A New Day for Reproductive Health in New Jersey
By New Jersey Sen. Loretta Weinberg
The resistance is alive in the Garden State. Just a few weeks into 2018, we in New Jersey are already reversing eight years of setbacks to reproductive rights and health that former Gov. Chris Christie so outrageously spearheaded. New Jersey was one of two states, along with Washington, that saw a return to full Democratic governance last November, and we’re working hard to deliver results for voters.
Eight years ago, New Jersey’s reproductive health safety net was decimated as then-Governor Christie eliminated the $7.45 million family planning budget. That decision forced six health care clinics to close their doors, and since then, the number of cases of bacterial sexually transmitted diseases increased 35 percent statewide. In half of New Jersey counties the STI rate increased by nearly 50 percent or higher. Breast and cervical cancer cases increased 5.2 percent, disproportionately impacting women of color.
None of this mattered to Chris Christie for eight years. But it mattered to me. And it mattered to the 455,000 women in need of publicly supported contraception in our state.
My colleagues and I fought every year to reinstate these necessary funds – a tiny portion (a fraction of a percent) of our state’s overall budget – only to see Governor Christie’s veto pen eliminate the money we added for critical health care services that so many New Jerseyans relied on. It is infuriating to know how much his actions harmed women and families across the state.
A lot has changed, especially in the past year. We now see millions of women marching in the streets, from D.C. to Des Moines, not just once and not just as a one-off. We have a record number of women running for office nationwide, scores of women contacting their members of Congress, and of course, a new administration in Trenton committed to women’s health and public health.
This energy and excitement will, and must, help put an end to the years-long avalanche of attacks on reproductive rights from conservative state legislators around the country. The slashing of reproductive health access in New Jersey did not happen in a vacuum. Nationwide, more than 400 restrictions on reproductive rights have been enacted in states since 2011, after a wave of conservative lawmakers took office.
State legislators in every region have passed new laws that try to take us backward by decimating family planning and sex education resources, denying and delaying critical health care, and making it ever more difficult for women to have healthy pregnancies and raise families safely and with dignity. Low-income people and people of color bear the brunt of these devastating policies. We have seen it firsthand in New Jersey, but we certainly aren’t alone.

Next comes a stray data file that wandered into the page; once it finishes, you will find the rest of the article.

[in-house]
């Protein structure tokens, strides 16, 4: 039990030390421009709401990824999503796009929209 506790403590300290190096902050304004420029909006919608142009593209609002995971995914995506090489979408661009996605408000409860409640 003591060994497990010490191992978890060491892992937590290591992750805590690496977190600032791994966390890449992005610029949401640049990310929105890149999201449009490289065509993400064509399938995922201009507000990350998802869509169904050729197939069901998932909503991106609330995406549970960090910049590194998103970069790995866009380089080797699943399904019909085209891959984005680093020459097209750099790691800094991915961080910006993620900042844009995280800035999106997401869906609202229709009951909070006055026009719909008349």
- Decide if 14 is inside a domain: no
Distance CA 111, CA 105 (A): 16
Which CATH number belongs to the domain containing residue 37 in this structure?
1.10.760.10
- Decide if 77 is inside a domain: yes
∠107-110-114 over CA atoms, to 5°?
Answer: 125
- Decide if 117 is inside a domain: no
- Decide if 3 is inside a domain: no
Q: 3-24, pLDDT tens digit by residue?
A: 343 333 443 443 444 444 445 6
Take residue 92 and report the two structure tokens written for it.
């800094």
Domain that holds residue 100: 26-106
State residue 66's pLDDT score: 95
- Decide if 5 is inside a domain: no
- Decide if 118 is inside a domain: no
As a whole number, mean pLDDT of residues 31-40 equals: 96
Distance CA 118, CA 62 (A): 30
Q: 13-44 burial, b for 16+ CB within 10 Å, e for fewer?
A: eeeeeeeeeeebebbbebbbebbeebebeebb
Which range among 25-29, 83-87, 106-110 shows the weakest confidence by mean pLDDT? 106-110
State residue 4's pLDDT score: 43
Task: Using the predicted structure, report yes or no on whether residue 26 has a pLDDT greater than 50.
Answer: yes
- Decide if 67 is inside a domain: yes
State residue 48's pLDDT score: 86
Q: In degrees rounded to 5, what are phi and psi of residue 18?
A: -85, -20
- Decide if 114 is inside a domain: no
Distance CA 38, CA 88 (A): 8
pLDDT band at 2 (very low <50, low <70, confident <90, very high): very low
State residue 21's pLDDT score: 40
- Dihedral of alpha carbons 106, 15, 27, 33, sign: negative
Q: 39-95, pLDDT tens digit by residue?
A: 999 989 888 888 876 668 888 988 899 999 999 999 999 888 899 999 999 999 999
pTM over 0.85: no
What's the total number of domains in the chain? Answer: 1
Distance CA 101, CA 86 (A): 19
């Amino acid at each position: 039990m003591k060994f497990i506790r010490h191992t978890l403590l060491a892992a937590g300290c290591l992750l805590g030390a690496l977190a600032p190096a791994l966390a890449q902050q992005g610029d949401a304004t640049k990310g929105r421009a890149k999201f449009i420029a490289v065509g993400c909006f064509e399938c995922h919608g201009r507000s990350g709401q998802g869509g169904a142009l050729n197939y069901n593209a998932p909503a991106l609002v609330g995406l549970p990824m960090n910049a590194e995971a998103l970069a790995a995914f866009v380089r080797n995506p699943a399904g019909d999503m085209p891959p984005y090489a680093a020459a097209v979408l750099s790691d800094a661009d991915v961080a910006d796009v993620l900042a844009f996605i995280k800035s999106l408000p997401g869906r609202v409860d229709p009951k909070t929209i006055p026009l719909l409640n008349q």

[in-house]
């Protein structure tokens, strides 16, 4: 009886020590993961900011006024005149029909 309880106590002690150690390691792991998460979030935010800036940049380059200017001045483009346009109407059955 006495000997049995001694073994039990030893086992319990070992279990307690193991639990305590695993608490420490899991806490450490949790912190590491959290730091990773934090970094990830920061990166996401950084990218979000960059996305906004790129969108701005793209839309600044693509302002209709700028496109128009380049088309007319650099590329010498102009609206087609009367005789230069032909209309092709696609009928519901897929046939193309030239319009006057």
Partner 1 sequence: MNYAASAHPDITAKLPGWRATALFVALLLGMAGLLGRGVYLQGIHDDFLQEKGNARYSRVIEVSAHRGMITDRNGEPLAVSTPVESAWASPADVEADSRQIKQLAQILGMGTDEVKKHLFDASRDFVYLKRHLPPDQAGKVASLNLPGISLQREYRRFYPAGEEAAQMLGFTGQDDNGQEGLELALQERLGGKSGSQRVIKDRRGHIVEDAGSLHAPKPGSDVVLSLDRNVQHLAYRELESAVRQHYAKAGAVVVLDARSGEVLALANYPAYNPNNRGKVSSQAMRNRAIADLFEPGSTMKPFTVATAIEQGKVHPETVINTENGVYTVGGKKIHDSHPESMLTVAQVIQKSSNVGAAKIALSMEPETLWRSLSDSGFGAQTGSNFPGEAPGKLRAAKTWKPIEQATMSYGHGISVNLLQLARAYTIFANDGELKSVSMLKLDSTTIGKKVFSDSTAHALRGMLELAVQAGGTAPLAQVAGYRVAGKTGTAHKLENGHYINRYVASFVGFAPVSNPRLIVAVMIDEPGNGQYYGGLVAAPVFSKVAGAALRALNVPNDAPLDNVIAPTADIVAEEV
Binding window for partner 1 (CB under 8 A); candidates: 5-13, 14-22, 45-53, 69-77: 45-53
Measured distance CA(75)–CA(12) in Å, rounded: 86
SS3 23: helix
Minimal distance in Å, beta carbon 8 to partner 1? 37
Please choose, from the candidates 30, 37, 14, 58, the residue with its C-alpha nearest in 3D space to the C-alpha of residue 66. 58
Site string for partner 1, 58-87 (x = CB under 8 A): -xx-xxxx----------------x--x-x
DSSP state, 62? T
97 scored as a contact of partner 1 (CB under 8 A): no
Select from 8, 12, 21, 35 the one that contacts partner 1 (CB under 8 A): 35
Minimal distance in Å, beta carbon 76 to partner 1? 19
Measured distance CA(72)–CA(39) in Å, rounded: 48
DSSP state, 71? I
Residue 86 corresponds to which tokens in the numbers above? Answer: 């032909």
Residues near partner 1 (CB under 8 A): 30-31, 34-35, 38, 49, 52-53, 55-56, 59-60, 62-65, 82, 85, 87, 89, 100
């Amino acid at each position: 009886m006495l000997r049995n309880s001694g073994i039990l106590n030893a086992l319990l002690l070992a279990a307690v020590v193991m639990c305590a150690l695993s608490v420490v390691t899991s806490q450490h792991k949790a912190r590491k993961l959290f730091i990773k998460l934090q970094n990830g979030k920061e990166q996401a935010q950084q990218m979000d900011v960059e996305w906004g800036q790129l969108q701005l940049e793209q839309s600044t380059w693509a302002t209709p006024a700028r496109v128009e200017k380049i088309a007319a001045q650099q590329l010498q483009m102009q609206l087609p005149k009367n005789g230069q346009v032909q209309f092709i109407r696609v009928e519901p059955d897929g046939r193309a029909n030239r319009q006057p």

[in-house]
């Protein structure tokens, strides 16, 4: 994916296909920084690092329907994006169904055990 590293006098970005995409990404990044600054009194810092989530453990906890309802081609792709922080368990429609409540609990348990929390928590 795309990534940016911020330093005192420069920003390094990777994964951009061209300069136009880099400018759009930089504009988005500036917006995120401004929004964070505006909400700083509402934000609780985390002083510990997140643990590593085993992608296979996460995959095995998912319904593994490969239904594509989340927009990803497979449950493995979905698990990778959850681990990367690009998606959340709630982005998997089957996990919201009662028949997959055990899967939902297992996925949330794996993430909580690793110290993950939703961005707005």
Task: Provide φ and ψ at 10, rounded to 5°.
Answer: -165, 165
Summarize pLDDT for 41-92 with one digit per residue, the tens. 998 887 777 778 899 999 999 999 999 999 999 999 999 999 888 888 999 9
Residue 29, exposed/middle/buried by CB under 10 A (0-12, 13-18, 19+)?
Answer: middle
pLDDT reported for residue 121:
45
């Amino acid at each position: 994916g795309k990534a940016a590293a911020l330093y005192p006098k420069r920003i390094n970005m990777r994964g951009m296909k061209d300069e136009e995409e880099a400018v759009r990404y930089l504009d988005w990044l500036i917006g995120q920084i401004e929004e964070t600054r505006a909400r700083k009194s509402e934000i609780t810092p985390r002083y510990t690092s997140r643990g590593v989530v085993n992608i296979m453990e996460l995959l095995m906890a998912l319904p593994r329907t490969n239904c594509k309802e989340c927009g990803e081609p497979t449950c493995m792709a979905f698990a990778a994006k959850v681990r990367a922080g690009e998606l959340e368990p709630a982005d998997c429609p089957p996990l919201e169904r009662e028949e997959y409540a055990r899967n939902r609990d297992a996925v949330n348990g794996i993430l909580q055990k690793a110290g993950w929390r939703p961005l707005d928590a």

It is equally outrageous that this happens in other states, like Mississippi, where only one abortion provider is left to serve the whole state, or Utah, where lawmakers force patients to wait at least 72 hours and make two trips to clinics before receiving care. States have served as anti-woman testing grounds for years, and now Congress is seizing the opportunity to enact their own versions of these draconian laws or use them as a political football.
Meanwhile, these efforts have trickled upward into the Trump administration. Trump has planted anti-women’s health extremists throughout its agencies. The U.S. Department of Health and Human Services is led by veterans of the anti-abortion, anti-birth control movement. And shockingly, even the Office of Refugee Resettlement has interfered with a sexual assault survivor’s ability to access the abortion care she needed, simply because she is undocumented.
Anyone who cares about women and women’s health has work to do, locally and nationally. The good news is: It’s a new day in New Jersey. Together, we can reverse the damage of the last eight years and move forward with a commitment to women’s health and rights. Each day I serve in the New Jersey legislature is a chance for me to help build a better future for our state. This year, instead of encountering roadblocks to our efforts support women’s rights, reproductive rights and women’s health, New Jersey will instead advance meaningful solutions to the health care needs, economic inequalities, and other challenges our constituents face, and see these initiatives signed into law. It’s what women in New Jersey – and everywhere – deserve.
Loretta Weinberg is the State Senate Majority Leader in New Jersey, where she represents Bergen County. Sen. Weinberg has served in the New Jersey legislature since 1992.